Saylor.org's Ancient Civilizations of the World/Etruscan Culture and Early Rome
Etruscan Culture 
The origins of the Etruscans are lost in prehistory. Historians have no literature, no texts of religion or philosophy; therefore much of what is known about this civilization is derived from grave goods and tomb findings. A linguistic hint lays lays in the Greek meaning of their name, The Tusci, the "people who build towers" or "the tower builders." This venerable etymology is at least as old as Dionysius of Halicarnassus, who wrote: "...there is no reason that the Greeks should not have called them by this name, both from their living in towers and from the name of one of their rulers."
They could be settlers from Troy, the famed city of Towers, or even founded from refugees who fled the fall of Troy. The main hypotheses are that they are indigenous, probably stemming from the Villanovan culture or from the Near East. Etruscan expansion was focused both to the north beyond the Apennines and into Campania. Some small towns in the 6th century BCE disappeared during this time, ostensibly consumed by greater, more powerful neighbours. However, it is certain that the political structure of the Etruscan culture was similar to, albeit more aristocratic than, Magna Graecia in the south. The mining and commerce of metal, especially copper and iron, led to an enrichment of the Etruscans and to the expansion of their influence in the Italian peninsula and the western Mediterranean sea.
The historical Etruscans had achieved a state system of society, with remnants of the chiefdom and tribal forms. In this they were different from the surrounding Italics, who had chiefs and tribes. Rome was in a sense the first Italic state, but it began as an Etruscan one. It is believed that the Etruscan government style changed from total monarchy to oligarchic republic (as the Roman Republic) in the 6th century BCE, although it is important to note this did not happen to all the city states.
The Etruscan state government was essentially a theocracy. The government was viewed as being a central authority, over all tribal and clan organizations. It retained the power of life and death; in fact, the gorgon, an ancient symbol of that power, appears as a motif in Etruscan decoration. The adherents to this state power were united by a common religion. Political unity in Etruscan society was the city-state, which was probably the referent of methlum, “district”. Etruscan texts name quite a number of magistrates, without much of a hint as to their function: the camthi, the parnich, the purth, the tamera, the macstrev, and so on. The people were the mech. The chief ruler of a methlum was perhaps a zilach.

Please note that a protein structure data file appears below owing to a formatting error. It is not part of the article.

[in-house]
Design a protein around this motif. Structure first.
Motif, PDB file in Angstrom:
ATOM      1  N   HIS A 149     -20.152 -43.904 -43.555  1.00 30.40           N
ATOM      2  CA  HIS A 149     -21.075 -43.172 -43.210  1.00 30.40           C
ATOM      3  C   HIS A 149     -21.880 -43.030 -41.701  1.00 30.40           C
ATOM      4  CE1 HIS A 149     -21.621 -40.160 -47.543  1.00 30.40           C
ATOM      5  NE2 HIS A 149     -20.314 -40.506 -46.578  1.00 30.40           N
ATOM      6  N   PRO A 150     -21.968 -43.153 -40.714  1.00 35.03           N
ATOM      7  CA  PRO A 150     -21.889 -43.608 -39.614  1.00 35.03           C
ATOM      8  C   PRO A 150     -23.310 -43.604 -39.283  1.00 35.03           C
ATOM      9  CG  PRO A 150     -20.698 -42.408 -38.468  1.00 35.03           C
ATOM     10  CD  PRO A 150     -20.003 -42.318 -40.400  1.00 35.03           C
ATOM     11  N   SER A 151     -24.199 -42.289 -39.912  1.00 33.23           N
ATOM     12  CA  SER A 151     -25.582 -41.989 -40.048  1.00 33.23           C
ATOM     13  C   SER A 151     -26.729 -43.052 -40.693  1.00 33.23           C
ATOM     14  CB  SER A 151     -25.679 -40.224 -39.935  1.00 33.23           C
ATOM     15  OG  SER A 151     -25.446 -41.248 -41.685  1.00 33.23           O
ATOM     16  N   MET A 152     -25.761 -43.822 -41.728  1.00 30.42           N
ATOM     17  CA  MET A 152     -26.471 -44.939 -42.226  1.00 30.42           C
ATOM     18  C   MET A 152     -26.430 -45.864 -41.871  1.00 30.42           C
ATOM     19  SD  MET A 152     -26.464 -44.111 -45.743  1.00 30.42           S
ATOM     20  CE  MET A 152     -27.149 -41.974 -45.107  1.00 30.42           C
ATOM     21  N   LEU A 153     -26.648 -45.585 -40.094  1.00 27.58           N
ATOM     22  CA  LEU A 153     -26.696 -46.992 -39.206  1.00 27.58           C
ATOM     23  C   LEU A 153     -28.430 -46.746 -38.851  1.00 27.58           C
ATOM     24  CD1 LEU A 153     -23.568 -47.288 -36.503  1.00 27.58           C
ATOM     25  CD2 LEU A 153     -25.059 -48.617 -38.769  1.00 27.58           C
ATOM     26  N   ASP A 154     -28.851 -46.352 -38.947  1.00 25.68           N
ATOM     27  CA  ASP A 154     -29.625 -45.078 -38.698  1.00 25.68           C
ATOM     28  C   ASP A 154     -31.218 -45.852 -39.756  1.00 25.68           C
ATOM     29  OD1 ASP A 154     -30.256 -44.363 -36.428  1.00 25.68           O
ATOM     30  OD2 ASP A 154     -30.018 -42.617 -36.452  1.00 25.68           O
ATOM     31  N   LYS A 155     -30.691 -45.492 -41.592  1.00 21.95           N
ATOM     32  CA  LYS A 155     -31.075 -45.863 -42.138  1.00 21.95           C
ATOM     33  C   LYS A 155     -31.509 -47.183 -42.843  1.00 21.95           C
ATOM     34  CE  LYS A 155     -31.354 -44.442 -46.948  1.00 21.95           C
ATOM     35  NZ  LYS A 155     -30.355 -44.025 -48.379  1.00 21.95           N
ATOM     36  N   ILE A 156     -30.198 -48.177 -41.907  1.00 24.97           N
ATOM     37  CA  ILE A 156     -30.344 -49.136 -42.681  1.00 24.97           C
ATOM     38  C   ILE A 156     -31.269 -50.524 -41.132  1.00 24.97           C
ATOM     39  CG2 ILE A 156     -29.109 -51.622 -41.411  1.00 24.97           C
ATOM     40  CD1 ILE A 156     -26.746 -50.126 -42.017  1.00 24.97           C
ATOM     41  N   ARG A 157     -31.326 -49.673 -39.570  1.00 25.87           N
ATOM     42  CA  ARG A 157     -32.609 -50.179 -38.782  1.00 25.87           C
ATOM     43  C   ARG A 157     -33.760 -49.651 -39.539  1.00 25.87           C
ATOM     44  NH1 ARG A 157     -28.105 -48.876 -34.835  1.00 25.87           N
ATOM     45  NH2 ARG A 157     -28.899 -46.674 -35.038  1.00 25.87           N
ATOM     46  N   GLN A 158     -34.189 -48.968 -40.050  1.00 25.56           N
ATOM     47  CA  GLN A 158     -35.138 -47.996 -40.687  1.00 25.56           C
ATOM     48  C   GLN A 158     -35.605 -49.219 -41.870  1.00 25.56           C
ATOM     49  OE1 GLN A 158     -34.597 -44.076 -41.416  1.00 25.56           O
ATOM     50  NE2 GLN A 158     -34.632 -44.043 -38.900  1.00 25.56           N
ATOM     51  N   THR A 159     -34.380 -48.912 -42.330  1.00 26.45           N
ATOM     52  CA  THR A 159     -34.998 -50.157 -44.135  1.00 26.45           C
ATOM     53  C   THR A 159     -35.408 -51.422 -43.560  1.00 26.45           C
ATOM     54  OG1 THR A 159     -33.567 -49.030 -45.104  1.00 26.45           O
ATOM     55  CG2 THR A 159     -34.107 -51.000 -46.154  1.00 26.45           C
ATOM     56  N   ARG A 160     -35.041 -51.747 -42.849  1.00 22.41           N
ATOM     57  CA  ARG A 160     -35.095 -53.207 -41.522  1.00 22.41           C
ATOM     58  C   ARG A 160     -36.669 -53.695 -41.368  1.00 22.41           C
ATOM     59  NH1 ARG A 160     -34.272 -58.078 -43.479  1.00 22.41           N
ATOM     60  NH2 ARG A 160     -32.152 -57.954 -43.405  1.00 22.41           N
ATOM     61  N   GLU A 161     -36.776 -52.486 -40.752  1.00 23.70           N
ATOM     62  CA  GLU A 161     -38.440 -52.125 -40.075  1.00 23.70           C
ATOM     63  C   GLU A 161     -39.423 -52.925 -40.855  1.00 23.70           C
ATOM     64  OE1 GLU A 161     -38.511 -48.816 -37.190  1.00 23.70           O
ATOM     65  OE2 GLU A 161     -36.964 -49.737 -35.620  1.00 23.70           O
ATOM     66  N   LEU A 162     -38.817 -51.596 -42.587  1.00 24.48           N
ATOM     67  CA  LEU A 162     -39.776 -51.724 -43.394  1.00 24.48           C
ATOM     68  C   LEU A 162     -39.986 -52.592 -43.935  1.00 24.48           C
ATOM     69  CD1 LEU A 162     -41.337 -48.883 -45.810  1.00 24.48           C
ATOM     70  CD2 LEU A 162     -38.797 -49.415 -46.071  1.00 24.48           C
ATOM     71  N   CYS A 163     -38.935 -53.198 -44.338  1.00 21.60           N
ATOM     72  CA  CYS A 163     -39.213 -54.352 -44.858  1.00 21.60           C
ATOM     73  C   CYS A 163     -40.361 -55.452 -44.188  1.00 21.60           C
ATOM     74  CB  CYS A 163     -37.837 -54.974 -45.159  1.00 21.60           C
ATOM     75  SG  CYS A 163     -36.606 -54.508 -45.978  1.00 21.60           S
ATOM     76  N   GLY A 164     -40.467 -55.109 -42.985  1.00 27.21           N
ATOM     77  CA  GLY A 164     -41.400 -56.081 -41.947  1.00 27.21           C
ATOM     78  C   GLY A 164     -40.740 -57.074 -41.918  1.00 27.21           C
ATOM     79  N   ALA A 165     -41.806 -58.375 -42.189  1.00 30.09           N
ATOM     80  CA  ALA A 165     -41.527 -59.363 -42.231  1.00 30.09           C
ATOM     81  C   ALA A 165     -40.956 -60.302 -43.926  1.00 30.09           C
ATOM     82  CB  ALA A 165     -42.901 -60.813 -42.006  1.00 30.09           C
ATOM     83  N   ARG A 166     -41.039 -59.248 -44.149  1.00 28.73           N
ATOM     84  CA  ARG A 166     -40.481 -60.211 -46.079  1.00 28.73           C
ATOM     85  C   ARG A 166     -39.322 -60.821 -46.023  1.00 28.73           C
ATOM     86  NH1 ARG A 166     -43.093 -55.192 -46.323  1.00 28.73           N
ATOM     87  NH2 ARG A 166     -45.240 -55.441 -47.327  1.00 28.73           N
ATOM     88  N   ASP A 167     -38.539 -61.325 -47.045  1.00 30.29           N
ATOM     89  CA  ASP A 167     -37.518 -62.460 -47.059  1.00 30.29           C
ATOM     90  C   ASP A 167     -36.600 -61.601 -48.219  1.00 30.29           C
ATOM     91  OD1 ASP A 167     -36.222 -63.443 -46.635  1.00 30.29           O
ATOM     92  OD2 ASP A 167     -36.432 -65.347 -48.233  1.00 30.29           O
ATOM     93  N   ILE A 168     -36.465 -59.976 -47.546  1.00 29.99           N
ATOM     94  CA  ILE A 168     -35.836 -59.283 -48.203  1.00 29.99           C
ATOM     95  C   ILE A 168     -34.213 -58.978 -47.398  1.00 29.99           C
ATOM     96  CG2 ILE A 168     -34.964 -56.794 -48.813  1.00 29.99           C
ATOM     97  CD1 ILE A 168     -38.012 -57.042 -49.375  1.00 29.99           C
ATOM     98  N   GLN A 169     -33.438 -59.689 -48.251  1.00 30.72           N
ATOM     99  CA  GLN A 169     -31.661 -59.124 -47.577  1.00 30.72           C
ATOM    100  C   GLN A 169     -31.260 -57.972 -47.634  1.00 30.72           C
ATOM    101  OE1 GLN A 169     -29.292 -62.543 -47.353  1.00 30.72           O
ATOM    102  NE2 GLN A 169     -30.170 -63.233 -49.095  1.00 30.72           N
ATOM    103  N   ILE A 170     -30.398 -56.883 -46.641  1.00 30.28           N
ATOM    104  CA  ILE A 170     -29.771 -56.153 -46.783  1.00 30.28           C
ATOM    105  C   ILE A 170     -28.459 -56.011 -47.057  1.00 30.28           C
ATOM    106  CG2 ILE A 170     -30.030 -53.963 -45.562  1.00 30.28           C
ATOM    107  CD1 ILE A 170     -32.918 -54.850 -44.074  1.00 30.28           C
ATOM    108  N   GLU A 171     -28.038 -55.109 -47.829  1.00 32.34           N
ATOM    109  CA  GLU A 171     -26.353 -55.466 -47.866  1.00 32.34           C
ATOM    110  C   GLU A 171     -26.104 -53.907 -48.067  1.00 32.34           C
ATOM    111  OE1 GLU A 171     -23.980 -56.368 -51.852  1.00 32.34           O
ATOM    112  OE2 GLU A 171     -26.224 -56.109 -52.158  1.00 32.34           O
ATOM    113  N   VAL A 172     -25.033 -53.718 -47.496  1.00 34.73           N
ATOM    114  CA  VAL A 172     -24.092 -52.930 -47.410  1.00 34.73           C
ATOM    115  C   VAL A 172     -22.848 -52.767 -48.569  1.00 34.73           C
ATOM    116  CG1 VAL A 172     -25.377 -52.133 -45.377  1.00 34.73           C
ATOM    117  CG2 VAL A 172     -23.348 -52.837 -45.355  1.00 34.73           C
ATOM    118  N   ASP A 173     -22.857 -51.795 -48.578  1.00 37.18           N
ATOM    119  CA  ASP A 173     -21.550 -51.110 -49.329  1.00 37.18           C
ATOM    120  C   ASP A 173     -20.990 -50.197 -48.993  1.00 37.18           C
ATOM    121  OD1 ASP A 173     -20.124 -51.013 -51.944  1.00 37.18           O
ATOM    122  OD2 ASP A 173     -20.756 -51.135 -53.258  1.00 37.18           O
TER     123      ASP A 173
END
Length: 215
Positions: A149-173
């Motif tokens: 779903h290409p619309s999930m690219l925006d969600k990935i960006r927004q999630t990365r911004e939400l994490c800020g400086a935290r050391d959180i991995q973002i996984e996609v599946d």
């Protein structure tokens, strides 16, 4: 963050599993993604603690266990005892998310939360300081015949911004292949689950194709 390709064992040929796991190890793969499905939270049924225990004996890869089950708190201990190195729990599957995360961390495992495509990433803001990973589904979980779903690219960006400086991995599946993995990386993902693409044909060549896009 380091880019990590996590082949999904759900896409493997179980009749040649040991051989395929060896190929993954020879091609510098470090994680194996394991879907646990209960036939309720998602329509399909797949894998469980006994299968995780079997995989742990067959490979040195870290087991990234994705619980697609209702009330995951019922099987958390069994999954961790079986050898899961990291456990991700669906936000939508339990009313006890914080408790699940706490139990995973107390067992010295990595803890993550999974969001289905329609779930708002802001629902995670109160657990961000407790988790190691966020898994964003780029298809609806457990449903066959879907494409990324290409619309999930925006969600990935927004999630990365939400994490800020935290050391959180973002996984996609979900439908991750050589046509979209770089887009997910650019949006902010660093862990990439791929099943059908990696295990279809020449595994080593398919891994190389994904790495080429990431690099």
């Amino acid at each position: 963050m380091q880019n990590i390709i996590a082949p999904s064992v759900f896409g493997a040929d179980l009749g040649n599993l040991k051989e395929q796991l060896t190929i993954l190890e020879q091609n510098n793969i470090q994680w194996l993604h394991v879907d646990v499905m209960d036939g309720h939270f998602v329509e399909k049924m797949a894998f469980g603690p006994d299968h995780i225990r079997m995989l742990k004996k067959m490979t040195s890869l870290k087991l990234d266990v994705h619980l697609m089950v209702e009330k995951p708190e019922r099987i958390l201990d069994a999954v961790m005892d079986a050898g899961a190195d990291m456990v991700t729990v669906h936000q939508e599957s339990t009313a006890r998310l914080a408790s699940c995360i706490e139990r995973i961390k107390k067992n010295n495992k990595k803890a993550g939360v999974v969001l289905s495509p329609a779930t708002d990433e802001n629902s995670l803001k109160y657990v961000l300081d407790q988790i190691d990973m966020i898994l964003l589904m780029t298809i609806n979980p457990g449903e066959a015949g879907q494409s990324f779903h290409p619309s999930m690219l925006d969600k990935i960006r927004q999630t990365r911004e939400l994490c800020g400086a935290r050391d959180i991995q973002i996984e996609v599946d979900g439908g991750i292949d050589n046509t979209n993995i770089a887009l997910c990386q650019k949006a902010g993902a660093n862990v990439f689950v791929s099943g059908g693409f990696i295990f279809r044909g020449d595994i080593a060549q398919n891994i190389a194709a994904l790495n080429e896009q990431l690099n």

The Etruscans, like the contemporary cultures of Ancient Greece and Ancient Rome, had a significant military tradition. In addition to marking the rank and power of certain individuals in Etruscan culture, warfare was a considerable economic boon to Etruscan civilization. Like many ancient societies, the Etruscans conducted campaigns during summer months, raiding neighboring areas, attempting to gain territory and combating piracy as a means of acquiring valuable resources such as land, prestige, goods, and slaves. It is also likely individuals taken in battle would be ransomed back to their families and clans at high cost. Prisoners could also potentially be sacrificed on tombs as an honor to fallen leaders of Etruscan society, not unlike the sacrifices made by Achilles for Patrocles.
The Etruscans were a monogamous society that emphasized pairing. Thus, at the center of the society was the married couple, or tusurthir. Archaeological evidence shows that families were interred there over long periods, marking the growth of the aristocratic family as a fixed institution, parallel to the gens at Rome and perhaps even its model.
Archaeologist have found numerous statuettes that depict nude female figures. Now a day, historians tell us that for the Etruscans depictions of the nude embrace, or symplegma, "had the power to ward off evil"; as did baring the breast, which was adopted by western civilization as an apotropaic device, appearing finally on the figureheads of sailing ships as a nude female upper torso. It is also possible that Greek and Roman attitudes to the Etruscans were based on a misunderstanding of the place of women within their society. In both Greece and Republican Rome, respectable women were confined to the house and mixed-sex socialising did not occur. Thus the freedom of women within Etruscan society could have been misunderstood as implying their sexual availability. It is worth noting that a number of Etruscan tombs carry funerary inscriptions in the form "X son of (father) and (mother)", indicating the importance of the mother's side of the family.